Placing My Baby for Adoption: What Are My Options for Choosing an Adoptive Family?

By Shaina Santagata

As a woman, many moments in your life require you to take pause; one of the most significant is becoming a birth mother. If you find yourself currently in a position where you are thinking or seeking information about giving your baby up for adoption, look no further. Undoubtedly, you have endless thoughts and feelings about the matter. We want you to know there is no one-size-fits-all approach to adoption. There is quite a bit to consider before making a choice that is best for you and your baby. No matter what stage of pregnancy you may be in, the last thing you need is to be overwhelmed with hunting down information all over the internet. All while hoping you didn’t forget anything on your mental checklist. Here at Adoption Choices of Colorado, we will guide you and be with you every step of the way.

At the start of the adoption process, your mental, emotional, and spiritual well-being are of the utmost importance. Do you remember the last time you took a few calming, deep breaths and thought, “What do I want for myself?” “What do I want for my baby?” You might be overwhelmed and scared with never-ending thoughts about the right thing to do. While others support the idea of adoption and think it’s beautiful. The turmoil you’re going through is normal, and we want you to know that many women have been in your shoes.

At Adoption Choices of Colorado, we want you to feel comfortable and supported from day one. Through experience, we have seen that the best decisions are made when our heads and hearts align. If any of this resonates with you and you might be ready to explore your options, we can sort through a few helpful and self-reflective questions together.

 Adoptions Questions You May Want to Know the Answers to:

As we all know, families are unique. There are no two families that are the same. We want you to remember that it is ok to be unsure of the answer to every question. At this moment, we want to give you food for thought and a starting place for your child to be adopted. Give yourself time to take breaks and think about what matters most to you. We’ll break this down into manageable parts for you; don’t worry! When you’re ready, we can begin to consider your answers to the following questions:

1) What Type of Lifestyle Do I Want My Child to have After Adoption?  

  • What type of family would I like my baby to be adopted by? Do I want them to be married or single? Do I want them to have other children, or will they be an only child?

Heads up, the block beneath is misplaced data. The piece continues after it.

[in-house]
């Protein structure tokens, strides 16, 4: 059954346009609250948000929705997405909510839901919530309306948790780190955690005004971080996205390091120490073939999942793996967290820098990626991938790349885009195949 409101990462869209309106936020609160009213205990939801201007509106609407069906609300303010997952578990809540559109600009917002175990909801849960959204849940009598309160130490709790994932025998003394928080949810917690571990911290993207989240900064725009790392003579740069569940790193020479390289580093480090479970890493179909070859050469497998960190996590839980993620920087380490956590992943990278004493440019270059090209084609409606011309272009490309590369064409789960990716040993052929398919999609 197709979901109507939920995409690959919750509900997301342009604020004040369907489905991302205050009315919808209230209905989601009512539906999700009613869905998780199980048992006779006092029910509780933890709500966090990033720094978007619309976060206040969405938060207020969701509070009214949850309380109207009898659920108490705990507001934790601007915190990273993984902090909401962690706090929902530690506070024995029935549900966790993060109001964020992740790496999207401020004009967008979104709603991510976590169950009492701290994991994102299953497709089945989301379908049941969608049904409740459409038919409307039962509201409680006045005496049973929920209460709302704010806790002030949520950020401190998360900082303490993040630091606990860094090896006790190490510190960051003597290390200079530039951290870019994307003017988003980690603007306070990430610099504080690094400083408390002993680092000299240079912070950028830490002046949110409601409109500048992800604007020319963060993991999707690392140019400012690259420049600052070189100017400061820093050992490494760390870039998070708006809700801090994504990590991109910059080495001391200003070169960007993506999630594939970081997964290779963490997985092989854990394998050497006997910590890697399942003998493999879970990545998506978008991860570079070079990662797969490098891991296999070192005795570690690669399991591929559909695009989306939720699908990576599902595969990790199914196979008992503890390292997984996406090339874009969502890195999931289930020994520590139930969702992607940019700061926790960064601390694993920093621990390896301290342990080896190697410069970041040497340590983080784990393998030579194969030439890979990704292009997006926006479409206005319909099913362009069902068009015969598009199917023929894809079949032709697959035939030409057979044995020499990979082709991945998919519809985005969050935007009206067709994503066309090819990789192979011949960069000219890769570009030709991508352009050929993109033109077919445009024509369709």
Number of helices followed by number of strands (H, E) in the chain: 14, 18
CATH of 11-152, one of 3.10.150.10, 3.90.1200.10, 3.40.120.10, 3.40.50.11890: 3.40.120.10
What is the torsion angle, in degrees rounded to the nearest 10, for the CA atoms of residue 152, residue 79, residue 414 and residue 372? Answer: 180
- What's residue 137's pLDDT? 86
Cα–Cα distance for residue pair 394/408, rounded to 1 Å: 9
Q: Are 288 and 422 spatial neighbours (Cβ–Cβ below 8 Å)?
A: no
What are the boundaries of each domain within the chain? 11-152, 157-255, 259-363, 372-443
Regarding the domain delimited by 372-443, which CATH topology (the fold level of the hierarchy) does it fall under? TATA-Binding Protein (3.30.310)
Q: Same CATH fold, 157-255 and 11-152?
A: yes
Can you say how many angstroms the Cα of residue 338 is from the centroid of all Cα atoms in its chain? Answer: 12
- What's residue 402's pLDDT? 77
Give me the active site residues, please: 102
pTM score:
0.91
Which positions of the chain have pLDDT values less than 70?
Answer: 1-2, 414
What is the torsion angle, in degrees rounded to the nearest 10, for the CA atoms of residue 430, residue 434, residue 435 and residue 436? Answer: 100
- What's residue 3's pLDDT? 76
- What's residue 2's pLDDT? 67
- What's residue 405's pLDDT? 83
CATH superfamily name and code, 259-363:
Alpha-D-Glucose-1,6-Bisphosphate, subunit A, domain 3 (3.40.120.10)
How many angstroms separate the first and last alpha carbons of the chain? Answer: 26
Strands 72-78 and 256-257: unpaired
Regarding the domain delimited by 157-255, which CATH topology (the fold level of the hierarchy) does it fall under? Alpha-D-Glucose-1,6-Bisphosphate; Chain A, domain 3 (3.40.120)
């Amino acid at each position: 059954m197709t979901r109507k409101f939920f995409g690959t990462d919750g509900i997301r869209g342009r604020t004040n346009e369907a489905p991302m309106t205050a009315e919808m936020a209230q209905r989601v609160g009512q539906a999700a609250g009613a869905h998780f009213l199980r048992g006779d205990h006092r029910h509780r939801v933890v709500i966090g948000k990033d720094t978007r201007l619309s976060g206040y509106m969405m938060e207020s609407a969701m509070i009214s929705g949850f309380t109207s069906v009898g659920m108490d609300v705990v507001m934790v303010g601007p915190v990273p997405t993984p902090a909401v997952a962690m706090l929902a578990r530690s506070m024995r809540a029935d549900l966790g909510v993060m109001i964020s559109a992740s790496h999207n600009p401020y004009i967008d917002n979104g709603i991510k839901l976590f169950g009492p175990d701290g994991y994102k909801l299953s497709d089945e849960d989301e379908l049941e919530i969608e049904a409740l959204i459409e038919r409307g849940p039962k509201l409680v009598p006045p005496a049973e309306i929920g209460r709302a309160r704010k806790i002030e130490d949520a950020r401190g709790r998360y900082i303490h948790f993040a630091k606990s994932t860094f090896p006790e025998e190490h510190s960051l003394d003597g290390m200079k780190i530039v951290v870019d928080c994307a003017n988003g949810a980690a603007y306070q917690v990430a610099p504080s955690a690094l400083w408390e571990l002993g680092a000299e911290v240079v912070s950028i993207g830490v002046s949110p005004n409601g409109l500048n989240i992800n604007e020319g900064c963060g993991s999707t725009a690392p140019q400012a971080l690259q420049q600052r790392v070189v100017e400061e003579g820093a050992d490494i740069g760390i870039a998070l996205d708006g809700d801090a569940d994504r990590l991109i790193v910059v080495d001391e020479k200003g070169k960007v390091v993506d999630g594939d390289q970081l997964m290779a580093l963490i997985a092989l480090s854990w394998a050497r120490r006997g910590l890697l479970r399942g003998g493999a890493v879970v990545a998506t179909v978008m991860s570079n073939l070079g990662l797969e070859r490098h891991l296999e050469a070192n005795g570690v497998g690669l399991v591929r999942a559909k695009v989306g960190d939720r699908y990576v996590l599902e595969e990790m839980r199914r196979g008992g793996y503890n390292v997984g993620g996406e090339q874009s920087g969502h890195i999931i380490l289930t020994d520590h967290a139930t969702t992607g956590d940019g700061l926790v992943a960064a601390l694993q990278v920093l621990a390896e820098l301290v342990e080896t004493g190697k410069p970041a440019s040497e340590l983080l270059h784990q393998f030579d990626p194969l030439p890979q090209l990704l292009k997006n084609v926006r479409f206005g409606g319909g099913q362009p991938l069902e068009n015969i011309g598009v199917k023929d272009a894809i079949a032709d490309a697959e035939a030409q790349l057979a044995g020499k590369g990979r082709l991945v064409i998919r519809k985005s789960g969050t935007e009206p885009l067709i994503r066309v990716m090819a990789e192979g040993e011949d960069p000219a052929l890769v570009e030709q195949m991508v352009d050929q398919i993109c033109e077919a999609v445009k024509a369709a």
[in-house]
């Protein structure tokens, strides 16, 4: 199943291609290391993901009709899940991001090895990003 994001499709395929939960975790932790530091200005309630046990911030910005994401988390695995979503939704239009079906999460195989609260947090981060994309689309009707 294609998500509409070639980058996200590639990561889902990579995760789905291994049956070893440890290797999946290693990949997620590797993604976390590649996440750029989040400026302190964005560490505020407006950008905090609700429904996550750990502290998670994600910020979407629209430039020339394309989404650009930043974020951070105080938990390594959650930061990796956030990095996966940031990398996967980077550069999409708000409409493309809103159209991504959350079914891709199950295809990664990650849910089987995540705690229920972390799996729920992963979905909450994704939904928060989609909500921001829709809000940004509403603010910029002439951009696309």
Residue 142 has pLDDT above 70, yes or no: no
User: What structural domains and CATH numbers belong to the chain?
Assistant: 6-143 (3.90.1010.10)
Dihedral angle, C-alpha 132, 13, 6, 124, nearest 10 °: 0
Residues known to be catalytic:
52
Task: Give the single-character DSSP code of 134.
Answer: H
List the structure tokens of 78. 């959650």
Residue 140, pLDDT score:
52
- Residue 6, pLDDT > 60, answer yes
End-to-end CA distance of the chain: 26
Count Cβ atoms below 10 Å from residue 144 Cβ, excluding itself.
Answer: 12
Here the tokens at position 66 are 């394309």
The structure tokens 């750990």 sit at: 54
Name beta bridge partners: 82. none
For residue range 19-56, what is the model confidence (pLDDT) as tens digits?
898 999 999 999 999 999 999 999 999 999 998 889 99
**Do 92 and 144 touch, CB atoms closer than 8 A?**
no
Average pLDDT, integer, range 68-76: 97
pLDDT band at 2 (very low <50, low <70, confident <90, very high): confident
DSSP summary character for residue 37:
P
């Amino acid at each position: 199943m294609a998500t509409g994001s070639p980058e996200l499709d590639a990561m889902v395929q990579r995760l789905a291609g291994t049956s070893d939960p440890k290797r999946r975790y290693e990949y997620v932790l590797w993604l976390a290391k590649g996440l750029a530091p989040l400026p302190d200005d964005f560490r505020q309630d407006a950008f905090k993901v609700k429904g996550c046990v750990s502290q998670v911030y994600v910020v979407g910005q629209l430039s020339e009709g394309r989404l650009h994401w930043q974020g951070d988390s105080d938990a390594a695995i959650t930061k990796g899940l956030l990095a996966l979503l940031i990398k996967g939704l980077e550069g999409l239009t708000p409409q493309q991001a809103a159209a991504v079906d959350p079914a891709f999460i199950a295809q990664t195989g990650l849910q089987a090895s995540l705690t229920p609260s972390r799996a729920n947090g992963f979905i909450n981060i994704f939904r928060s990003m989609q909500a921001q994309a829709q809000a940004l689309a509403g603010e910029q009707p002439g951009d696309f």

• Where would I like my child to grow up? Would I prefer if they did so in an urban or rural area? Will my child grow up with any pets?
  • Does the family have any hobbies or interests? Do they like to travel? If so, do they go on family vacations together?

2) What Values Should I Consider for My Child After Adoption? 

  • What are my religious beliefs? Do I want my child to learn the same religion I follow? Or would I be accepting of them believing and being taught differently? Would I like for the family to be religious?
  • What type of parenting philosophies do I want for my child? Do I have educational aspirations for them: private or public school, college, etc.?
  • Do I want my child to grow up with a particular cultural heritage (social values and traditions, practices and customs, etc.)?

 3) What Specific Considerations Do I Have for My Child with Adoption?

  • Is there a particular race or ethnic family I would like my child to be adopted by?
  • Would I like my child to be part of an LGBTQ+ family, where they might have two moms, two dads, transgender, etc.?
  • Do I want to consider the medical history of the family that will adopt my baby?

 Hopefully, that weight on your shoulders has become lighter. There are a few more steps that you might want to take into consideration when you’re working with a Colorado adoption agency. By now, our mission should be clear: for every planned or unplanned pregnancy, you are not alone. We understand this is a big decision, and being nervous about the adoption process is normal. One of the common questions we have yet to address is related to communication and openness.